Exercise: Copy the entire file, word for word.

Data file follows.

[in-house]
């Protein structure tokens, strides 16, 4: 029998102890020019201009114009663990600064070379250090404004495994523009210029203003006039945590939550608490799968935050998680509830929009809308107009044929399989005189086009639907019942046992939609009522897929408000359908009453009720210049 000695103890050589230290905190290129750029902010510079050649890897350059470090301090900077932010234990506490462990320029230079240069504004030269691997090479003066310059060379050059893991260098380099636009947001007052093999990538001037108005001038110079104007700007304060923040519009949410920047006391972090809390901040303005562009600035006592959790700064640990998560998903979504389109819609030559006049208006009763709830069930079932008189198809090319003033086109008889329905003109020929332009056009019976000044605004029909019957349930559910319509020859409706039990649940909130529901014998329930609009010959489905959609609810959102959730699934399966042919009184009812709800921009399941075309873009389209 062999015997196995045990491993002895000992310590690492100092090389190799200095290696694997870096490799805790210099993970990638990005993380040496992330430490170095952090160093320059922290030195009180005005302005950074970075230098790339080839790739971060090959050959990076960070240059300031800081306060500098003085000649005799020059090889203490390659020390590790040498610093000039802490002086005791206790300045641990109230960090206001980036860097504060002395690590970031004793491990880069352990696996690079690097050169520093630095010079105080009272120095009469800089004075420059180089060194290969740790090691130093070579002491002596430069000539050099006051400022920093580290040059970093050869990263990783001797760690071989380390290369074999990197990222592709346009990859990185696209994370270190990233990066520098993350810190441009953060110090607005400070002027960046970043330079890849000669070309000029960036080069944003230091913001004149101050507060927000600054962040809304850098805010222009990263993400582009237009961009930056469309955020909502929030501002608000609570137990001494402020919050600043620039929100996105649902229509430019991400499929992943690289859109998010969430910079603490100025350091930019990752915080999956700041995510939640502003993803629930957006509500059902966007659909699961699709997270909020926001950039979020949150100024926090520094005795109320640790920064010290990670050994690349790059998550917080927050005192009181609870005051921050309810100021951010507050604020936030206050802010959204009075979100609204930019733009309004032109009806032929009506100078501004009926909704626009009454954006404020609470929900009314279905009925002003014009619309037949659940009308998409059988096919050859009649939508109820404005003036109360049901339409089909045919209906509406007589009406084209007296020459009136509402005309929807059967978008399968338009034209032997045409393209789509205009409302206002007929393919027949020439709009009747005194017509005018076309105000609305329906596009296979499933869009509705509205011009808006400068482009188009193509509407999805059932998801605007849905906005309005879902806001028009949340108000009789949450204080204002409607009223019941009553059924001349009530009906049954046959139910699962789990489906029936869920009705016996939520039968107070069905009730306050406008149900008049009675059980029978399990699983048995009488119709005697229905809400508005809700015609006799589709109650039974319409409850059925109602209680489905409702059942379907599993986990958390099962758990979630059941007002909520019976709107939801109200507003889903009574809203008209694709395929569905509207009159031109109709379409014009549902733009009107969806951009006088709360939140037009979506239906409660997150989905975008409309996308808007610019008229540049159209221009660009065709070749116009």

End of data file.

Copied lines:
[in-house]
């Protein structure tokens, strides 16, 4: 029998102890020019201009114009663990600064070379250090404004495994523009210029203003006039945590939550608490799968935050998680509830929009809308107009044929399989005189086009639907019942046992939609009522897929408000359908009453009720210049 000695103890050589230290905190290129750029902010510079050649890897350059470090301090900077932010234990506490462990320029230079240069504004030269691997090479003066310059060379050059893991260098380099636009947001007052093999990538001037108005001038110079104007700007304060923040519009949410920047006391972090809390901040303005562009600035006592959790700064640990998560998903979504389109819609030559006049208006009763709830069930079932008189198809090319003033086109008889329905003109020929332009056009019976000044605004029909019957349930559910319509020859409706039990649940909130529901014998329930609009010959489905959609609810959102959730699934399966042919009184009812709800921009399941075309873009389209 062999015997196995045990491993002895000992310590690492100092090389190799200095290696694997870096490799805790210099993970990638990005993380040496992330430490170095952090160093320059922290030195009180005005302005950074970075230098790339080839790739971060090959050959990076960070240059300031800081306060500098003085000649005799020059090889203490390659020390590790040498610093000039802490002086005791206790300045641990109230960090206001980036860097504060002395690590970031004793491990880069352990696996690079690097050169520093630095010079105080009272120095009469800089004075420059180089060194290969740790090691130093070579002491002596430069000539050099006051400022920093580290040059970093050869990263990783001797760690071989380390290369074999990197990222592709346009990859990185696209994370270190990233990066520098993350810190441009953060110090607005400070002027960046970043330079890849000669070309000029960036080069944003230091913001004149101050507060927000600054962040809304850098805010222009990263993400582009237009961009930056469309955020909502929030501002608000609570137990001494402020919050600043620039929100996105649902229509430019991400499929992943690289859109998010969430910079603490100025350091930019990752915080999956700041995510939640502003993803629930957006509500059902966007659909699961699709997270909020926001950039979020949150100024926090520094005795109320640790920064010290990670050994690349790059998550917080927050005192009181609870005051921050309810100021951010507050604020936030206050802010959204009075979100609204930019733009309004032109009806032929009506100078501004009926909704626009009454954006404020609470929900009314279905009925002003014009619309037949659940009308998409059988096919050859009649939508109820404005003036109360049901339409089909045919209906509406007589009406084209007296020459009136509402005309929807059967978008399968338009034209032997045409393209789509205009409302206002007929393919027949020439709009009747005194017509005018076309105000609305329906596009296979499933869009509705509205011009808006400068482009188009193509509407999805059932998801605007849905906005309005879902806001028009949340108000009789949450204080204002409607009223019941009553059924001349009530009906049954046959139910699962789990489906029936869920009705016996939520039968107070069905009730306050406008149900008049009675059980029978399990699983048995009488119709005697229905809400508005809700015609006799589709109650039974319409409850059925109602209680489905409702059942379907599993986990958390099962758990979630059941007002909520019976709107939801109200507003889903009574809203008209694709395929569905509207009159031109109709379409014009549902733009009107969806951009006088709360939140037009979506239906409660997150989905975008409309996308808007610019008229540049159209221009660009065709070749116009």